A. Vs — Imperfect solutions to human problems can be sufficient.

B. Vs —

12.“The idea that you can give people (including yourself) a global rating as a human and that their general worth depends upon the goodness of their performances.”

A. Vs — I am more than my behaviors and performances.

B. Vs —

Rational Belief

My Own Suggested Empowering Philosophies

My top four responsibilities to myself as an able bodied, able minded, and independent adult are:

Be as self aware as possible. I will continually develop the skill of identifying sensations as signals, feelings, needs, desires, concerns, questions, and requests.

Be as responsibly self advocating as possible. I will speak up for myself as strategically as possible - communicating my feelings, needs, desires, concerns, questions, requests, and setting up healthy boundaries for myself whenever I need to. I will do so for the benefit of me, my loved ones, and my community and not at the expense of any of us. I commit myself to continually advocating for a safe, healthy, sustainable lifestyle and environment. I commit to advocating for the same on the behalf of my fellow citizens of humanity and the world.

Craft and protect an empowering identity for myself. I choose to identify myself as my core values (wisdom, courage, aliveness, love, joy, etc.) so that as I embody them, I create, protect and maintain healthy behaviors as well as a satisfying experience of being me.

Remember that nobody will be able to do a better job at this than me. The moment I would choose to rely on someone else to fulfill these responsibilities would be the moment I chose to disempower myself.

✦ I will be able to do this as long as I remember that the fear of not being good enough and not being loved or lovable are complexes humans have inherited as social pack creatures. They are as natural to us as the fear of pain and death. These innate complexes have to do with our ability to survive, therefore I will keep them in check with that perspective.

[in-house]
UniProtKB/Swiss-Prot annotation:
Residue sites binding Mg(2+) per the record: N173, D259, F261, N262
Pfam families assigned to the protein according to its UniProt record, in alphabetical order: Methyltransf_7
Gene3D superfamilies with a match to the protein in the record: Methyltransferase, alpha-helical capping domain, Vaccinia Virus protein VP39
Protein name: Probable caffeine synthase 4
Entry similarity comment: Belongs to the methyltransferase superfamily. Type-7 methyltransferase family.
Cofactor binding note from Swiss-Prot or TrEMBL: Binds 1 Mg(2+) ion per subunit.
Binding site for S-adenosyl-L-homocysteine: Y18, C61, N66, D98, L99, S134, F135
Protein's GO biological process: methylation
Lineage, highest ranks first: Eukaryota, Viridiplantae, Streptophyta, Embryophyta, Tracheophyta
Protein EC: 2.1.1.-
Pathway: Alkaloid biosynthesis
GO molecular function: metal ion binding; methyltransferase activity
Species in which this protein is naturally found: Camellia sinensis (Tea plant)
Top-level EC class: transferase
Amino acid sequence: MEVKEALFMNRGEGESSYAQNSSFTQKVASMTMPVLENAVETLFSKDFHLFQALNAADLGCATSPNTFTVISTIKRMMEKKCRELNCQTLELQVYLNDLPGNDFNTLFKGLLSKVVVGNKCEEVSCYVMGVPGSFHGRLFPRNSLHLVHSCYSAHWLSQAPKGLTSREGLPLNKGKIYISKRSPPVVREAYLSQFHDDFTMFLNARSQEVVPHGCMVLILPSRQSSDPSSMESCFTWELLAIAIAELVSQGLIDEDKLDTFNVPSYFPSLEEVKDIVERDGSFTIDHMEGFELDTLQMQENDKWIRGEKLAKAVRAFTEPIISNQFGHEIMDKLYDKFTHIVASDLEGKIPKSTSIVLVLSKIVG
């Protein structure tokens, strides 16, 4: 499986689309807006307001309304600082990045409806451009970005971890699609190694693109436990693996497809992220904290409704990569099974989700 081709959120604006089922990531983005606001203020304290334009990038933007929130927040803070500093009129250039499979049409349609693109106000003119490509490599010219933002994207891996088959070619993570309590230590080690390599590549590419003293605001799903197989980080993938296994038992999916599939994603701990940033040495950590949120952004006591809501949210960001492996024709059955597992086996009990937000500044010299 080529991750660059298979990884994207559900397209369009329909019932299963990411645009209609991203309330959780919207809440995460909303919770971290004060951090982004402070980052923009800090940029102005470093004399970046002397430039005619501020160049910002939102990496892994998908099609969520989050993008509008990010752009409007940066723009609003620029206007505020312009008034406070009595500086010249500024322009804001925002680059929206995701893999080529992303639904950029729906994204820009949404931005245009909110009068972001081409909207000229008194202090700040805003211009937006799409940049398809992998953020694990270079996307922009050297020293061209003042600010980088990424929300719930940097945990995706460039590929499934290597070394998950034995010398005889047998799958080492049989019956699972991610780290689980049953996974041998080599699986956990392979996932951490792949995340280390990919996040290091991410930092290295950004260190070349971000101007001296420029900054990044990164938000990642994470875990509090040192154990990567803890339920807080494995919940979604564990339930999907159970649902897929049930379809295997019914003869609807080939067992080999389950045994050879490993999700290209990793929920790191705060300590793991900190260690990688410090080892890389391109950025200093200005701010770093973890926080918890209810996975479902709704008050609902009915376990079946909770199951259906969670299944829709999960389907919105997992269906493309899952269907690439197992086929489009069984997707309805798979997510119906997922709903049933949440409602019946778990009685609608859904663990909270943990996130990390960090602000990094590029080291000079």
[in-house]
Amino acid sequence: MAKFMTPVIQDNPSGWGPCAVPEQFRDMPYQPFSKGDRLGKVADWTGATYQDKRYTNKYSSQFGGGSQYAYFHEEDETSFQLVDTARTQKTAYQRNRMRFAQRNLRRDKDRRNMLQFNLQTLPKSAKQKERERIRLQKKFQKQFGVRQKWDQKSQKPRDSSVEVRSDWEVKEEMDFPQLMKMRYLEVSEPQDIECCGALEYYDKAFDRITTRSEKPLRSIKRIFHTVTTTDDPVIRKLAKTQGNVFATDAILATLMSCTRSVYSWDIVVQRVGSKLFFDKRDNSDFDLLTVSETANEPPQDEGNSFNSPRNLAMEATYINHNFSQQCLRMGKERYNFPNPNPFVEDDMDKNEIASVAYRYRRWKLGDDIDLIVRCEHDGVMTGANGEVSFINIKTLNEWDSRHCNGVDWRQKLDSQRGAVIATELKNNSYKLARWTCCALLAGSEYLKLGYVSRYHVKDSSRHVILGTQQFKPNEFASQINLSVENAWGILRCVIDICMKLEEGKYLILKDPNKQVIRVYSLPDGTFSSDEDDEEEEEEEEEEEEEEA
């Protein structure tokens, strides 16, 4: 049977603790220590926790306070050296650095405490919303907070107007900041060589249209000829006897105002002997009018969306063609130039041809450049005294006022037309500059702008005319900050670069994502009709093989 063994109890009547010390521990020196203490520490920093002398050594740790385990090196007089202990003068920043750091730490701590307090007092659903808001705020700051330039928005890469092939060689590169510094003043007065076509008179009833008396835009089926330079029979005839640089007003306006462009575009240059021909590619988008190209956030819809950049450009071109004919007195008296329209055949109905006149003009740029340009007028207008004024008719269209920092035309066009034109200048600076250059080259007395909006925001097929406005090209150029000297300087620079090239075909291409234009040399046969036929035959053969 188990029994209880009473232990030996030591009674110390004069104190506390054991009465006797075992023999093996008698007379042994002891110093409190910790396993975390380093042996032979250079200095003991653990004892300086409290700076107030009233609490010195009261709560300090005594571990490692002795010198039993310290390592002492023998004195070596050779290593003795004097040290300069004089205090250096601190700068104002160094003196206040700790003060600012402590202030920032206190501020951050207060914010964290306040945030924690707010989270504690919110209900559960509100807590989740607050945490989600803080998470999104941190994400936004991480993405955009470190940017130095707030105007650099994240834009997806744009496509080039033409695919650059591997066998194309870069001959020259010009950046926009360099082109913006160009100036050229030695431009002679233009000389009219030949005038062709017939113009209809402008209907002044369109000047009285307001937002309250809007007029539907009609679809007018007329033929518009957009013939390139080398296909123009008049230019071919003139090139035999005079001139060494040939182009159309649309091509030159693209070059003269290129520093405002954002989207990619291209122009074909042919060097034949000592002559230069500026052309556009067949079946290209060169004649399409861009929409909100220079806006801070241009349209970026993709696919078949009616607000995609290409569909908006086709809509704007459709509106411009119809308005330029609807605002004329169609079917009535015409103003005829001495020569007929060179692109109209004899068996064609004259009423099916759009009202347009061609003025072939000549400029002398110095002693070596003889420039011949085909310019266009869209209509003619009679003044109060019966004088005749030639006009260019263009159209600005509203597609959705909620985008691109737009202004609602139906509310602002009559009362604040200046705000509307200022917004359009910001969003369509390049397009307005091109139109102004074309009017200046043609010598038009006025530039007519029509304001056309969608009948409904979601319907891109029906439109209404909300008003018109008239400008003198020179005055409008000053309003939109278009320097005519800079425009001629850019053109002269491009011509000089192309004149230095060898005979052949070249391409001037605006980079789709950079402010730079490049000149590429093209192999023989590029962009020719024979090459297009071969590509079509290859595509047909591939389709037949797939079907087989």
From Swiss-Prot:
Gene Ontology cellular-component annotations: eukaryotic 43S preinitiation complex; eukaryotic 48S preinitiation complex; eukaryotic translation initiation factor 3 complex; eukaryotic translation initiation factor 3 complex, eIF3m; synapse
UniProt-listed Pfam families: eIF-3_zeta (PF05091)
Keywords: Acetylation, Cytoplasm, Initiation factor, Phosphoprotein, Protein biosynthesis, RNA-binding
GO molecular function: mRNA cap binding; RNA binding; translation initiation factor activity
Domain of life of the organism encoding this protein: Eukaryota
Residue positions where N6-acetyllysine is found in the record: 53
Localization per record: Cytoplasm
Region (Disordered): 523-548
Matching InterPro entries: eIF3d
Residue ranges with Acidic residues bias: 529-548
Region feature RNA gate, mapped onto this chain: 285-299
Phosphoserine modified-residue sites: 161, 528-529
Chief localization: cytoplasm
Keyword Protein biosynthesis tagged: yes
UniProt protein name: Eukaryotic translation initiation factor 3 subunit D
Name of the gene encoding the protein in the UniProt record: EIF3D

✦ It is totally normal to wonder, “Am I doing this (life) right?” To ask questions every now and then such as: Do I have what it takes? Am I taking care of myself or doing the best I can? Is there someone else who does this better than I do? Am I coming across in a way that other people will like me, be loyal and willing to help me?

✦ My job is to parent my primal brain and to compensate for these innate and learned complexes by being as rational, reassuring, supportive, and encouraging to myself as possible. The better I get at reassuring and taking care of myself, the less often these thoughts will come, and the less powerful these fears will be!

✦ I will be able to this as long as I remember that my opinion of me matters more than anyone else’s. Self-esteem is rightfully earned when I keep my word to myself, learn lessons from regrets and challenges, and strive to take care of myself and live from my values the best I can.

Empowering and Rational Belief

My Own Suggested Empowering Philosophies

✦ Use my ResiliencyExpanding Compassion, New Behavior Generator, and or Calm and Confident In Company meditations. They'll help you ingrain the ways of thinking and feeling you’ll need to abide by your new empowering beliefs.

✦ Read my Adopting New Beliefs blogpost as a guide for integrating your own chosen beneficial beliefs effectively as you possibly can!

✦ Read Nonviolent Communication: A Language of Life and use the Companion Workbook | A book on the best communication style I’ve found - helpful both personally and professionally.

✦ Search for a NVC facilitator in your area for private or group coaching.

Let me know what you think of this post. Make a comment or contact me if you have any questions you'd like me to answer. If you found this information to be helpful, go ahead and share it on social media or with a friend who could use it.

Kristin Rivas

Kristin Rivas is a certified Brain Health Coach, Hypnotherapist, and NLP practitioner who helps people to feel, think, and live better. Specializing in behavior change and goal achievement, she empowers clients to live to their full potential & foster their own wellness. A former TEDx presenter, she is also a highly sought after speaker.

Kristin Rivas